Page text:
I asked around, sniffed around and did a lot of research before taking this job. Make sure you are going to work with doctors who will respect you and let you practice at the top of your license.

Well said and I also advocate for using your nursing connections with physicians when looking for NP opportunities. And as always don't take the aforementioned $50 an hour especially as a NP who went through a derm fellowship. I could give a rats patooty if thats "the monetary compensation offered". Employers need to be realistic and offer appropriate wages especially if NPs are billing at 85% of the physician's rate. IMO part of being respected as a professional is learning how to negotiate your duties and compensation like a professional rather than settling or little more than RN wages and minimally elevated RN duties.

Buyer beware, BSN

Specializes in GENERAL. Has 40 years experience.

Well said and I also advocate for using your nursing connections with physicians when looking for NP opportunities. And as always don't take the aforementioned $50 an hour especially as a NP who went through a derm fellowship. I could give a rats patooty if thats "the monetary compensation offered". Employers need to be realistic and offer appropriate wages especially if NPs are billing at 85% of the physician's rate. IMO part of being respected as a professional is learning how to negotiate your duties and compensation like a professional rather than settling or little more than RN wages and minimally elevated RN duties.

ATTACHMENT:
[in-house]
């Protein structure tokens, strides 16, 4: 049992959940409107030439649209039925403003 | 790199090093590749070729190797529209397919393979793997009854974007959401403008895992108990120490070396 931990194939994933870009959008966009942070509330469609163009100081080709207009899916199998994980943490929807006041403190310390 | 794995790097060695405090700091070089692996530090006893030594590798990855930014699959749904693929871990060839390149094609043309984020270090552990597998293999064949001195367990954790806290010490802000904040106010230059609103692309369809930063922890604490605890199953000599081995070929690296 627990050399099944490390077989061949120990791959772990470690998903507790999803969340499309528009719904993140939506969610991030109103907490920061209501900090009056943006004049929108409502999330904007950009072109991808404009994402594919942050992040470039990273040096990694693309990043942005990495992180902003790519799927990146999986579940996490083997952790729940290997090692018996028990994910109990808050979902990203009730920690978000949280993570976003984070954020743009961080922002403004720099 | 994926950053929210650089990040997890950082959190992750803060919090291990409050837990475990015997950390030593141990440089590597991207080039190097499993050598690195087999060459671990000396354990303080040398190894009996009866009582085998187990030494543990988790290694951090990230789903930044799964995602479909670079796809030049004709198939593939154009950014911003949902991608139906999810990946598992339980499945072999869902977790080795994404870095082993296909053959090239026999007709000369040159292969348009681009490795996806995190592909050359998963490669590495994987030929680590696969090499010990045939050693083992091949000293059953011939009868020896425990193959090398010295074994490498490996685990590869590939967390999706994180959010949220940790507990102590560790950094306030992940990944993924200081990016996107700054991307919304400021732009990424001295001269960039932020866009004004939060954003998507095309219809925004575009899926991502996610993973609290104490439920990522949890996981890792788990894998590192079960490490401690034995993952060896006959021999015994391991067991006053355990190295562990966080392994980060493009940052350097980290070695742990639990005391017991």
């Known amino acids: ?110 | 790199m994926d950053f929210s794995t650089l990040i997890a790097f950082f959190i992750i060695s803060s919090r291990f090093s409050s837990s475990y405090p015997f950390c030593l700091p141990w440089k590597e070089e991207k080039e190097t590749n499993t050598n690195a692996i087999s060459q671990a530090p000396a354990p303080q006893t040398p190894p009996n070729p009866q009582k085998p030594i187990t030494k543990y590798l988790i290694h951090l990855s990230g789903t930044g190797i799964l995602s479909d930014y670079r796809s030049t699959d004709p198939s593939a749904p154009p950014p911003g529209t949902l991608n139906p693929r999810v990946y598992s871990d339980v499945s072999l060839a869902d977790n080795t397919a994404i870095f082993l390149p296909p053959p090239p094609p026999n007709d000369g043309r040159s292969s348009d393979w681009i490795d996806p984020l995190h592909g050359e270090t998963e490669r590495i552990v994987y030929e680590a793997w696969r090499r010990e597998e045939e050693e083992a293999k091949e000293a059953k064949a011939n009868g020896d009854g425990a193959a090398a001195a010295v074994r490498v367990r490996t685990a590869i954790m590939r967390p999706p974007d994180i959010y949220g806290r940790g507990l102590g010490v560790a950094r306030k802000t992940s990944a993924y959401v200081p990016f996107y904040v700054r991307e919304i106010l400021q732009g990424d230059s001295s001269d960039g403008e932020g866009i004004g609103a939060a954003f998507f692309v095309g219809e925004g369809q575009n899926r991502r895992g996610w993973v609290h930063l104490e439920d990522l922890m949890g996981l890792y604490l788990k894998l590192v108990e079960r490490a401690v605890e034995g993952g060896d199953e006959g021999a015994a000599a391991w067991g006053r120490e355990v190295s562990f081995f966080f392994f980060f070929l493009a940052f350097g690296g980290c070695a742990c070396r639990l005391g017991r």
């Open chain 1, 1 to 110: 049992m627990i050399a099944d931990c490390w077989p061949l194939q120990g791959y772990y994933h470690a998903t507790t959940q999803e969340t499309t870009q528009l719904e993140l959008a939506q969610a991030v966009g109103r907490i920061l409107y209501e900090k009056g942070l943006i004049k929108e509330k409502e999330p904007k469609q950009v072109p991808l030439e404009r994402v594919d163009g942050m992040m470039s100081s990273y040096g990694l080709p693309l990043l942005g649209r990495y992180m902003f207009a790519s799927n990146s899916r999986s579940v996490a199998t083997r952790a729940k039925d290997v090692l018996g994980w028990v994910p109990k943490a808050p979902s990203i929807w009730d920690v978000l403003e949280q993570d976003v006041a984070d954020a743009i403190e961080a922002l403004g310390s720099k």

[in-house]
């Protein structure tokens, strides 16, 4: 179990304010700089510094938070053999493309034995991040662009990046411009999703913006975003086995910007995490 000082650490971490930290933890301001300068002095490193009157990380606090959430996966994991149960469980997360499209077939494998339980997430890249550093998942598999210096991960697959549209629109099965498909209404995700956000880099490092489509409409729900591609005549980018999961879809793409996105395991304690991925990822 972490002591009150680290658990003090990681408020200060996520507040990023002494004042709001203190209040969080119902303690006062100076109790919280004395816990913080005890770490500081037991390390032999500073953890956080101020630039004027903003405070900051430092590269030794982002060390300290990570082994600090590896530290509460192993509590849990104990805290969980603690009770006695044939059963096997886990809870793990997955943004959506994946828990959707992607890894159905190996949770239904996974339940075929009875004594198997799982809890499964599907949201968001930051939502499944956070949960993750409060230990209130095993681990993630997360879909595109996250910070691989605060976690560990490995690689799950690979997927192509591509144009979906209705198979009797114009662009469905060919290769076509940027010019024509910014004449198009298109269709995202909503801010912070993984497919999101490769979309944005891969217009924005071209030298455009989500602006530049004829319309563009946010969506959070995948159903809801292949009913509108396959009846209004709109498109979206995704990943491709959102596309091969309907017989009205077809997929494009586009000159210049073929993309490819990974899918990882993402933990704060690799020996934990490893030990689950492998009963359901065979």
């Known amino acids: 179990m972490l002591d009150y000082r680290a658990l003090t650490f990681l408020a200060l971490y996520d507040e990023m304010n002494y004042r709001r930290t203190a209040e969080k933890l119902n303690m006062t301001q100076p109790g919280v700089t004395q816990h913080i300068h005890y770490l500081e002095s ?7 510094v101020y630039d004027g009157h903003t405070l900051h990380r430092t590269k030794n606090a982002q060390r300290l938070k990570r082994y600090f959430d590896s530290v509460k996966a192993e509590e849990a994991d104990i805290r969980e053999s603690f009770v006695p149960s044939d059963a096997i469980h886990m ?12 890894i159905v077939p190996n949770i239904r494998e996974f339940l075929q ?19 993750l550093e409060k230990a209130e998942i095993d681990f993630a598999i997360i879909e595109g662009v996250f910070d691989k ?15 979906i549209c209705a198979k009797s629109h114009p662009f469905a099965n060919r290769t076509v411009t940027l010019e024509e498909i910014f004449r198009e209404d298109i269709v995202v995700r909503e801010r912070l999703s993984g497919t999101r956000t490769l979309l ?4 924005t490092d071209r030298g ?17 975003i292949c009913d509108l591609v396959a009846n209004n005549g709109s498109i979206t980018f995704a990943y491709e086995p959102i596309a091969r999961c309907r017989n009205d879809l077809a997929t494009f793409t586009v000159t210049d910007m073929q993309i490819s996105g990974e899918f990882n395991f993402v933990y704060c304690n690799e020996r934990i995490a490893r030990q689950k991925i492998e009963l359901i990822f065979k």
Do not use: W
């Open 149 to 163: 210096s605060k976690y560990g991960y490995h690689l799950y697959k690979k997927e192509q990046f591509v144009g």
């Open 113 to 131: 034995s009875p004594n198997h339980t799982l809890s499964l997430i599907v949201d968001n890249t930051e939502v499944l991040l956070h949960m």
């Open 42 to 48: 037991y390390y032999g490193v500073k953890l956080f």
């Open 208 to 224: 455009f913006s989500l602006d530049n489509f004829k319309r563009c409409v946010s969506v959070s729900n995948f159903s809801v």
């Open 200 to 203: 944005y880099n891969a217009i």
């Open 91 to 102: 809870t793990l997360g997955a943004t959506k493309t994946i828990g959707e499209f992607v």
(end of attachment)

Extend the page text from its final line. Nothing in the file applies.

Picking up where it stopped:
And speaking of a "rats patooty" stop spewing out NPs from the rat's patooty allowing those who control the means of production to TELL YOU, "$50 bucks, take it or leave it."

Edited by Buyer beware
w

Jules A, MSN

Specializes in Family Nurse Practitioner.

And speaking of a "rats patooty" stop spewing out NPs from the rat's patooty allowing those who control the means of production to TELL YOU, "$50 bucks, take it or leave it."

I think I want to "like" your post but haven't had enough of my Starbucks yet this am to be sure I'm following you. If you mean NP schools need to be way more selective in who they admit and that if someone presents a job offer as "take it or leave it" we should leave it, then I love your comment.